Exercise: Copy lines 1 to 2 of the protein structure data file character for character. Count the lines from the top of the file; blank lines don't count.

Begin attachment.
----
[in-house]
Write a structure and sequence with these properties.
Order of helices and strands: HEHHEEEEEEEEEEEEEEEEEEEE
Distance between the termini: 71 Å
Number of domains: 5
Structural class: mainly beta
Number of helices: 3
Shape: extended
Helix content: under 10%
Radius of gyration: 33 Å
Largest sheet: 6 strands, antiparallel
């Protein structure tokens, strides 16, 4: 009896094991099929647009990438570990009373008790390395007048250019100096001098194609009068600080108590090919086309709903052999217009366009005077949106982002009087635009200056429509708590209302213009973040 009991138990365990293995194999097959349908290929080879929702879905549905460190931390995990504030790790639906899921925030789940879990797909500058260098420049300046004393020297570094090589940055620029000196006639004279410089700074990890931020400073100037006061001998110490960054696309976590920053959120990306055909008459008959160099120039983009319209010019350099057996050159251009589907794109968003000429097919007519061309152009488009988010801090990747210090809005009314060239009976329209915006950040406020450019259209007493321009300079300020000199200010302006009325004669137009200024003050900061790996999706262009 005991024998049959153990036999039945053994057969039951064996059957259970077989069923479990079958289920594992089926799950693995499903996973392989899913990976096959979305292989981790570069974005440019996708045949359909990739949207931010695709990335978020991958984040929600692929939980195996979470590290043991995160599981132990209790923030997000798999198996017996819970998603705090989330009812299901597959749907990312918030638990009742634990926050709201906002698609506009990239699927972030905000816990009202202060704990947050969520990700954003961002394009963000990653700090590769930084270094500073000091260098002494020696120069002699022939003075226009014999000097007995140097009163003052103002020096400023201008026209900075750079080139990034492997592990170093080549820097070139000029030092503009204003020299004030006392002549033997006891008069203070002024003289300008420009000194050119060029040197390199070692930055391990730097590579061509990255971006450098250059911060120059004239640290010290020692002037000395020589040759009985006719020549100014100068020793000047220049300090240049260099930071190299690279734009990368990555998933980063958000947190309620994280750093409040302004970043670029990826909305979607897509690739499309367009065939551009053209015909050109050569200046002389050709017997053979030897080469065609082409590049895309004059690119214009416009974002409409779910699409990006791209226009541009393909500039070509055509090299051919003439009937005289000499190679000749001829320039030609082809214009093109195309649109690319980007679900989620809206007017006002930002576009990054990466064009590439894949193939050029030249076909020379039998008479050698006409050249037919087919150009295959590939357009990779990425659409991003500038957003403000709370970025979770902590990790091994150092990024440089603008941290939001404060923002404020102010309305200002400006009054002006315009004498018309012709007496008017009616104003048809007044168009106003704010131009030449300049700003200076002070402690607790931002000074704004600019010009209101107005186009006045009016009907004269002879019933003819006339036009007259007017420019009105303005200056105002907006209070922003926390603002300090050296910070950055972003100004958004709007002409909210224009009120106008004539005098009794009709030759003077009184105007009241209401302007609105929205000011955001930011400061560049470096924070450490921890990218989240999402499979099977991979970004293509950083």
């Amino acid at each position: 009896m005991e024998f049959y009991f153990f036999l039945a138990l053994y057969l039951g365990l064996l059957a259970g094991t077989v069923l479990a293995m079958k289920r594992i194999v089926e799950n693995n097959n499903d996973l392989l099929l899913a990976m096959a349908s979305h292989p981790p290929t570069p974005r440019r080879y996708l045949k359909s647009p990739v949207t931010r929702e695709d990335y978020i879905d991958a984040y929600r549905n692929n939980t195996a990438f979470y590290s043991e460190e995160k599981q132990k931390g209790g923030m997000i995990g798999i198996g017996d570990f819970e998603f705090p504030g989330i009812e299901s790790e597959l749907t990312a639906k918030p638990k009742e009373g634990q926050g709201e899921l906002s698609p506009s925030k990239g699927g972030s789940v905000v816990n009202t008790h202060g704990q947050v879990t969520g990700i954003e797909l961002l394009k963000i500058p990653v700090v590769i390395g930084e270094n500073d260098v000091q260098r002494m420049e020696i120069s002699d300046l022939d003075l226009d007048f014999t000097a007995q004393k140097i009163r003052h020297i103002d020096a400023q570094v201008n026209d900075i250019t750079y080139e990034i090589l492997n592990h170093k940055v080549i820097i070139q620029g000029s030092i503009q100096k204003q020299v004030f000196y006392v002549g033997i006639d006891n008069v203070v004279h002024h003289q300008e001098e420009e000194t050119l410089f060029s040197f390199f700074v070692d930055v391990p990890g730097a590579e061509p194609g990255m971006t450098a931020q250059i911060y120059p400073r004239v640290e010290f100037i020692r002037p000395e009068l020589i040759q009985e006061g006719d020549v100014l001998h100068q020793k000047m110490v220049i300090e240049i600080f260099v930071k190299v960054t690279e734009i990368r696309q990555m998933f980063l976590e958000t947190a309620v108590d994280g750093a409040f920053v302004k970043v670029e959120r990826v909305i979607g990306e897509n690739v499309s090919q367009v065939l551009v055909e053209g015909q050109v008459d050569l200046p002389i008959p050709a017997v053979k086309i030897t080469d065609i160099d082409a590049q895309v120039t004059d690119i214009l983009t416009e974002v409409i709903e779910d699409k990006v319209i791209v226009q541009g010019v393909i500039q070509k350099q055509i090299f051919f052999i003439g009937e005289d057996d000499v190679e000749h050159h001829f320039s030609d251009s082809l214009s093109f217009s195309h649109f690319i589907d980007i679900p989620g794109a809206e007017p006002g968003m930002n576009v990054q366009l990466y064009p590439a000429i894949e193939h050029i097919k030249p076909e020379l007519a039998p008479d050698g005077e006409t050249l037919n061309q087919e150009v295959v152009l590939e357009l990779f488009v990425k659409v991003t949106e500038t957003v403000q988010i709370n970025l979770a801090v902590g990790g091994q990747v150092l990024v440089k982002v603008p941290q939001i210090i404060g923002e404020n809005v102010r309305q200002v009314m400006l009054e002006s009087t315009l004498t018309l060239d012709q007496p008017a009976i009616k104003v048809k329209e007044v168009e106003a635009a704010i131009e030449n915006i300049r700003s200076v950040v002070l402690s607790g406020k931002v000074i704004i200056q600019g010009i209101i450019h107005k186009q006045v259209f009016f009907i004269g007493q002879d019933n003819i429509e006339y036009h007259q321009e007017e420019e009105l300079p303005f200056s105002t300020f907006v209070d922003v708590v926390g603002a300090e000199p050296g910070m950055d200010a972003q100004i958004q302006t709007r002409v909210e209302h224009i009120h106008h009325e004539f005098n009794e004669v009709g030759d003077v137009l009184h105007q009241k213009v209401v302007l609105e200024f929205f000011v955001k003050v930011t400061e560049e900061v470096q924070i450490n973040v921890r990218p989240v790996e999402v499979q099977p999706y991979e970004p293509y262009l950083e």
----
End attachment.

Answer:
[in-house]
Write a structure and sequence with these properties.